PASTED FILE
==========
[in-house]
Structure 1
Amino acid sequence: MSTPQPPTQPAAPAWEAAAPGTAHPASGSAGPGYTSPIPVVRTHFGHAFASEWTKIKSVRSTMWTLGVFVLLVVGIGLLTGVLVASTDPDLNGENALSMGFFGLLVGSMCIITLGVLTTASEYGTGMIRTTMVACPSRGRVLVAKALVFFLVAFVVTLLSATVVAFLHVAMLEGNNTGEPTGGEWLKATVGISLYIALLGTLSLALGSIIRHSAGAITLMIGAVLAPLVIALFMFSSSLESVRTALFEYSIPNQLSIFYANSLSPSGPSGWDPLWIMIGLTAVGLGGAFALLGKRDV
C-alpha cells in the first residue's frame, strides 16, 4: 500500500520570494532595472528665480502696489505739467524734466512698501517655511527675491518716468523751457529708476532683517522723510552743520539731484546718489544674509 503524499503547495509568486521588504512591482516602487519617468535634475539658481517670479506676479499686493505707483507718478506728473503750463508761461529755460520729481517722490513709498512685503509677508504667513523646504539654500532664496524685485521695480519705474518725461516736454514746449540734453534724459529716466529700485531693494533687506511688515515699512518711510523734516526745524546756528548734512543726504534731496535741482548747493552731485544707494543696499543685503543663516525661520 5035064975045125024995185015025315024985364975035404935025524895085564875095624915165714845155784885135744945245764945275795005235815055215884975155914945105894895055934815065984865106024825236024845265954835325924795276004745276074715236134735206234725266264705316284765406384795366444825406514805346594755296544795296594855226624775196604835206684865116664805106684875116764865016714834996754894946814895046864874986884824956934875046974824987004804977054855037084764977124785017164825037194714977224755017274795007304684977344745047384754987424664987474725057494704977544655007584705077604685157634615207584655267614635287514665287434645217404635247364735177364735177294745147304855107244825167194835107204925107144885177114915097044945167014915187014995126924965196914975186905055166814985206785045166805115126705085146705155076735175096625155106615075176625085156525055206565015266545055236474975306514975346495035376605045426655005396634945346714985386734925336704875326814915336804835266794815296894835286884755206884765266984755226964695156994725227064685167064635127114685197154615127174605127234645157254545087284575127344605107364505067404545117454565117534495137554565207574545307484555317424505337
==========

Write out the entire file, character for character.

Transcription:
[in-house]
Structure 1
Amino acid sequence: MSTPQPPTQPAAPAWEAAAPGTAHPASGSAGPGYTSPIPVVRTHFGHAFASEWTKIKSVRSTMWTLGVFVLLVVGIGLLTGVLVASTDPDLNGENALSMGFFGLLVGSMCIITLGVLTTASEYGTGMIRTTMVACPSRGRVLVAKALVFFLVAFVVTLLSATVVAFLHVAMLEGNNTGEPTGGEWLKATVGISLYIALLGTLSLALGSIIRHSAGAITLMIGAVLAPLVIALFMFSSSLESVRTALFEYSIPNQLSIFYANSLSPSGPSGWDPLWIMIGLTAVGLGGAFALLGKRDV
C-alpha cells in the first residue's frame, strides 16, 4: 500500500520570494532595472528665480502696489505739467524734466512698501517655511527675491518716468523751457529708476532683517522723510552743520539731484546718489544674509 503524499503547495509568486521588504512591482516602487519617468535634475539658481517670479506676479499686493505707483507718478506728473503750463508761461529755460520729481517722490513709498512685503509677508504667513523646504539654500532664496524685485521695480519705474518725461516736454514746449540734453534724459529716466529700485531693494533687506511688515515699512518711510523734516526745524546756528548734512543726504534731496535741482548747493552731485544707494543696499543685503543663516525661520 5035064975045125024995185015025315024985364975035404935025524895085564875095624915165714845155784885135744945245764945275795005235815055215884975155914945105894895055934815065984865106024825236024845265954835325924795276004745276074715236134735206234725266264705316284765406384795366444825406514805346594755296544795296594855226624775196604835206684865116664805106684875116764865016714834996754894946814895046864874986884824956934875046974824987004804977054855037084764977124785017164825037194714977224755017274795007304684977344745047384754987424664987474725057494704977544655007584705077604685157634615207584655267614635287514665287434645217404635247364735177364735177294745147304855107244825167194835107204925107144885177114915097044945167014915187014995126924965196914975186905055166814985206785045166805115126705085146705155076735175096625155106615075176625085156525055206565015266545055236474975306514975346495035376605045426655005396634945346714985386734925336704875326814915336804835266794815296894835286884755206884765266984755226964695156994725227064685167064635127114685197154615127174605127234645157254545087284575127344605107364505067404545117454565117534495137554565207574545307484555317424505337